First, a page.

Browse Prior Art Database

Chaining of Tracking Labels in Distribution Centers

IP.com Disclosure Number: IPCOM000102194D
Original Publication Date: 1990-Nov-01
Included in the Prior Art Database: 2005-Mar-17
Document File: 2 page(s) / 56K

Publishing Venue

IBM

Related People

Gregory Jr, WD: AUTHOR

Abstract

Disclosed is a module of software code that would relate pre-printed sequential bar-coded labels to a master label that is demand-printed. A master label would be produced for the identifiable cartons. The master label, as shown in the figure, contains relevant information about the contents. The master carton labels would be affixed to the carton so that information known about that carton and its contents is available to the worker by scanning the bar-coded label. As cartons are opened and merchandise is checked, new information is added to the database, which, in an interactive system, would be available to the next worker that scans the bar-coded label.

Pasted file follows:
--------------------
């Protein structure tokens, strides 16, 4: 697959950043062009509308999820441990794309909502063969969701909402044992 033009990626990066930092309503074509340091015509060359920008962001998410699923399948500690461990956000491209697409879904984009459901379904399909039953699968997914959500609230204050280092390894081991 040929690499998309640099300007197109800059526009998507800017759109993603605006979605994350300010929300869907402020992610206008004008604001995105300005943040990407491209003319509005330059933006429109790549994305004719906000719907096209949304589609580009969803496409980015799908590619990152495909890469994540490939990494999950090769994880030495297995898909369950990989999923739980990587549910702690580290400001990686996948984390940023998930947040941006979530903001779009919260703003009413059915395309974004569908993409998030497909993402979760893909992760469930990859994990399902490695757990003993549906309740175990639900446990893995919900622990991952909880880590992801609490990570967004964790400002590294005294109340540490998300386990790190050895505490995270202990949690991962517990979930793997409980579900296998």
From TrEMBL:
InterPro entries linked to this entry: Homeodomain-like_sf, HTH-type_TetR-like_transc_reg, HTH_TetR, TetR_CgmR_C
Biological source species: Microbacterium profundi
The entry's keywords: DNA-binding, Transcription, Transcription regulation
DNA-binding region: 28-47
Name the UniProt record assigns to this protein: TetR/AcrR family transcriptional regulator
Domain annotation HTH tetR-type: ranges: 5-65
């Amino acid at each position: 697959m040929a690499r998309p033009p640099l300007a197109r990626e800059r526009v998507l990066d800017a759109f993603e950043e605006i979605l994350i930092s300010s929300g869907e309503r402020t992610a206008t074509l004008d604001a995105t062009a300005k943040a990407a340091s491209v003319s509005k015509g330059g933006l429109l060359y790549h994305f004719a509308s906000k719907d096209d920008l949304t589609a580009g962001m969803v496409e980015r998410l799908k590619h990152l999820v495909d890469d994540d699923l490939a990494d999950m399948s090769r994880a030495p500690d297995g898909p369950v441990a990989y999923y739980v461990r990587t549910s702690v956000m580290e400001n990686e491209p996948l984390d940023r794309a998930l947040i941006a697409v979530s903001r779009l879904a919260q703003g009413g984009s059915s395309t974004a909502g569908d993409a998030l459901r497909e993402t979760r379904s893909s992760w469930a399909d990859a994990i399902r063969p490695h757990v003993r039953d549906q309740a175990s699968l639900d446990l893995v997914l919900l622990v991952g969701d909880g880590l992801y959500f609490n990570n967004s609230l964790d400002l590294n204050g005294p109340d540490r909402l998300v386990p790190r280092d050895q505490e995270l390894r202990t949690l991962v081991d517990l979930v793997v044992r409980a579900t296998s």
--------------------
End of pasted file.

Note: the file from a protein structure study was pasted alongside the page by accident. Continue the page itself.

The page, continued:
This text was extracted from an ASCII text file.
This is the abbreviated version, containing approximately 85% of the total text.

Chaining of Tracking Labels in Distribution Centers

       Disclosed is a module of software code that would relate
pre-printed sequential bar-coded labels to a master label that is
demand-printed.  A master label would be produced for the
identifiable cartons.  The master label, as shown in the figure,
contains relevant information about the contents.  The master carton
labels would be affixed to the carton so that information known about
that carton and its contents is available to the worker by scanning
the bar-coded label.  As cartons are opened and merchandise is
checked, new information is added to the database, which, in an
interactive system, would be available to the next worker that scans
the bar-coded label.

      In distribution centers, items from one container are allocated
to fill orders.  Items from one carton are dispersed into multiple
cartons.  The master label is applied to the first carton in the new
grouping.  The worker affixes a pre-printed sequential label from a
roll to the new cartons.  The sequential label, as seen in the
figure, is an index number with no intelligence in the printed data
other than the uniqueness of the sequence number.  The filled cartons
are closed and sent to the exit point for that processing area.  At
this point, the master carton label would be scanned, a function key
on the terminal would be depressed which would initiate a chaining
function.  The worker would then scan each subsequent carton within
t...